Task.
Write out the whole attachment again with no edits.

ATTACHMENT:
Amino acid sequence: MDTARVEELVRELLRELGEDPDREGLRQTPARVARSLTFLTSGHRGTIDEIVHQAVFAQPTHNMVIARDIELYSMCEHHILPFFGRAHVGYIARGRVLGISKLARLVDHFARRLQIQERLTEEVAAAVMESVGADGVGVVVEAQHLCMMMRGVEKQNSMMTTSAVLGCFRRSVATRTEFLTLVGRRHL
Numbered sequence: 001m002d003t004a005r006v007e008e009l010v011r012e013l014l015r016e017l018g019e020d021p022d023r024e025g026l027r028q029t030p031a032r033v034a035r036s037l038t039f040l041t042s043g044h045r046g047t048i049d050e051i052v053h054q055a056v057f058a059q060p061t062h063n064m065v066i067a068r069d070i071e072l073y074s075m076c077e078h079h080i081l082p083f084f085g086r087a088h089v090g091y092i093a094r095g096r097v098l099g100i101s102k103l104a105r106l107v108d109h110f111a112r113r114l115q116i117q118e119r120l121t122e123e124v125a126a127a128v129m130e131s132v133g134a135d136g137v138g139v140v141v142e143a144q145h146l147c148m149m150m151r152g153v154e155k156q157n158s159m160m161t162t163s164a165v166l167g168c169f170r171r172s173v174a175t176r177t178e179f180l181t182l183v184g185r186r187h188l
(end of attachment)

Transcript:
Amino acid sequence: MDTARVEELVRELLRELGEDPDREGLRQTPARVARSLTFLTSGHRGTIDEIVHQAVFAQPTHNMVIARDIELYSMCEHHILPFFGRAHVGYIARGRVLGISKLARLVDHFARRLQIQERLTEEVAAAVMESVGADGVGVVVEAQHLCMMMRGVEKQNSMMTTSAVLGCFRRSVATRTEFLTLVGRRHL
Numbered sequence: 001m002d003t004a005r006v007e008e009l010v011r012e013l014l015r016e017l018g019e020d021p022d023r024e025g026l027r028q029t030p031a032r033v034a035r036s037l038t039f040l041t042s043g044h045r046g047t048i049d050e051i052v053h054q055a056v057f058a059q060p061t062h063n064m065v066i067a068r069d070i071e072l073y074s075m076c077e078h079h080i081l082p083f084f085g086r087a088h089v090g091y092i093a094r095g096r097v098l099g100i101s102k103l104a105r106l107v108d109h110f111a112r113r114l115q116i117q118e119r120l121t122e123e124v125a126a127a128v129m130e131s132v133g134a135d136g137v138g139v140v141v142e143a144q145h146l147c148m149m150m151r152g153v154e155k156q157n158s159m160m161t162t163s164a165v166l167g168c169f170r171r172s173v174a175t176r177t178e179f180l181t182l183v184g185r186r187h188l